In a retrospective study, existing data are examined to identify risk factors for particular diseases. Interpretations are limited as it is impossible to go back in time and gather the missing information. Let’s talk about that.
What is a Retrospective Study?
A retrospective study is an analysis that compares two groups of individuals. A case group and a control group. Both groups are similar, but the case group has a key factor that is being studied or investigated that the control group does not.
It brings up key differences in individuals or groups of individuals based on some events/incidences. It’s a psychological approach to pinpoint key differences in individuals that are alike but differ slightly based on certain characteristics.
What is the importance of a Retrospective Study?
This study is greatly important in many aspects, be it personal development, socio-economic welfare, or professional development.
This study is also important to fixate certain characteristics within individuals by considering historical data and making rational decisions. In large organizations, this becomes very important because organizations deal with large groups of clients with almost (but not completely) alike behaviors.
This is the stage where retrospection comes into play to understand differences and similarities among clients and act accordingly.
Advantages and disadvantages of a Retrospective Study
Similar to other studies, there are benefits and drawbacks to retrospective studies. Researchers must critically evaluate the method that is used and carefully interpret the results of retrospective studies before putting them to practice.
- Researches have control of the number of participants in the case group and control group.
- Typically less expensive to conduct in comparison to other methods.
- Timeline of a retrospective study is quicker to complete
- Poor control over exposure factor
- If research is not thorough, there could be missing history/background and or information.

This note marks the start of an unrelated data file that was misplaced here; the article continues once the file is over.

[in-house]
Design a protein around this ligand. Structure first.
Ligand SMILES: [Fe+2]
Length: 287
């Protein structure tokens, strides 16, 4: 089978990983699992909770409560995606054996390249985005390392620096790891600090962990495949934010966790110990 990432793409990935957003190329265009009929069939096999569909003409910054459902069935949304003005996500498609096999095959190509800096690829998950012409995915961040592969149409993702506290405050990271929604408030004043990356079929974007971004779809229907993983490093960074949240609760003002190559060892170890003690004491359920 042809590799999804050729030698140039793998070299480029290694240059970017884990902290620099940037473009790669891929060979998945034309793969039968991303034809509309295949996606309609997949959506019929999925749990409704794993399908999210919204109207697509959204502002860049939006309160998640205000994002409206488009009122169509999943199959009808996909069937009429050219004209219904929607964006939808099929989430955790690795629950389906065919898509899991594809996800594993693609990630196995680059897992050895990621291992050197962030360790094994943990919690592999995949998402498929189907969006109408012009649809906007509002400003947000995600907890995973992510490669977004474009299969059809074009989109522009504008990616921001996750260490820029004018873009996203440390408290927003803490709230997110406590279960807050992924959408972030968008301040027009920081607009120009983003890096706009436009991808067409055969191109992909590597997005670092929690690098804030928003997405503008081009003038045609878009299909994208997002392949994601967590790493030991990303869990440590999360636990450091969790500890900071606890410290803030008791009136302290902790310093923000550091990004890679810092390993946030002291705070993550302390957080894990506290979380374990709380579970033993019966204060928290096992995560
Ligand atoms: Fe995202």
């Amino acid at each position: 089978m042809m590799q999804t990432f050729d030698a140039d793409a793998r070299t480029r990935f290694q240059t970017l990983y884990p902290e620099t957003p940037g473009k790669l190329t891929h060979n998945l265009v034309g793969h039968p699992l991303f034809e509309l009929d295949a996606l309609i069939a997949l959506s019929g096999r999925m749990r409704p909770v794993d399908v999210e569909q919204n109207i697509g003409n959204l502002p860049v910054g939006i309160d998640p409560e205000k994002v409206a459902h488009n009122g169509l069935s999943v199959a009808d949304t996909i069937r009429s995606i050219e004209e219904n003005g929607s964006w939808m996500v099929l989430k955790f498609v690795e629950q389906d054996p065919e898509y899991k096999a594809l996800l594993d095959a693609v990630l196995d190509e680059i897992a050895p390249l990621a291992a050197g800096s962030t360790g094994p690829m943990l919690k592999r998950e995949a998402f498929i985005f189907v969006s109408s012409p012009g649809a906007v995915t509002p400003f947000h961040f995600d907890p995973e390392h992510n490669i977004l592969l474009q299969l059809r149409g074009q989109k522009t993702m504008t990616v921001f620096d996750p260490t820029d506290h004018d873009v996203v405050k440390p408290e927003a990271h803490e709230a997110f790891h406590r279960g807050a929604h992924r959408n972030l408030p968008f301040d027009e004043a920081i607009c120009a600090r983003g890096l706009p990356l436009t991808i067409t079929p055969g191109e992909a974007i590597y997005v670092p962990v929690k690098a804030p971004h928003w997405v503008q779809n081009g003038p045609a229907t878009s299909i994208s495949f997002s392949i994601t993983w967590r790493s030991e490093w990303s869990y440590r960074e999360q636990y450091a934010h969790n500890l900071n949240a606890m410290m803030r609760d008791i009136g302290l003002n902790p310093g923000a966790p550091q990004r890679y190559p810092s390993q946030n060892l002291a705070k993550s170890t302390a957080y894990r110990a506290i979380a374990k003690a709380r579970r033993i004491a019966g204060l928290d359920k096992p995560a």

- If researchers are not careful, selection and recall bias can affect the results
How to conduct a Retrospective Study
There are certain ways to conduct a retrospective study. Most of them collect vast historical data and make sense of it statistically. Another way is by considering 2 groups with similar attributes and then conducting Surveys (That’s where QuestionPro shines!) to find out differing characteristics. In general, there are 2 parts to it:
For the sake of this article, let’s just stick to the retrospective study. An organization can take many surveys and collect data from them. This data can then be processed to make important business decisions. This will help the organization understand its clients and help provide more viable products and services that would actually make a difference.
Retrospective Study Examples
These studies aim to study a situation, condition, event, or phenomenon that has already happened. This study is often used in the medical industry to study different medical conditions and illnesses. Using participants who have an existing condition compared to a group that does not have that particular condition.
In conclusion, this study deals with enhancing minor differences amongst similar groups. These differences are brought up by studying and statistically sourcing historical data collected by various means. One such method to collect data and perform this study is by taking surveys.
QuestionPro has a rich arsenal of tools and products to bring the most out of such studies. These tools collect useful insights and help in procuring pinpoint differences within the most similar groups of individuals and further accelerating the study.
Authors: Siddharth Kulkarni & Jenny Huang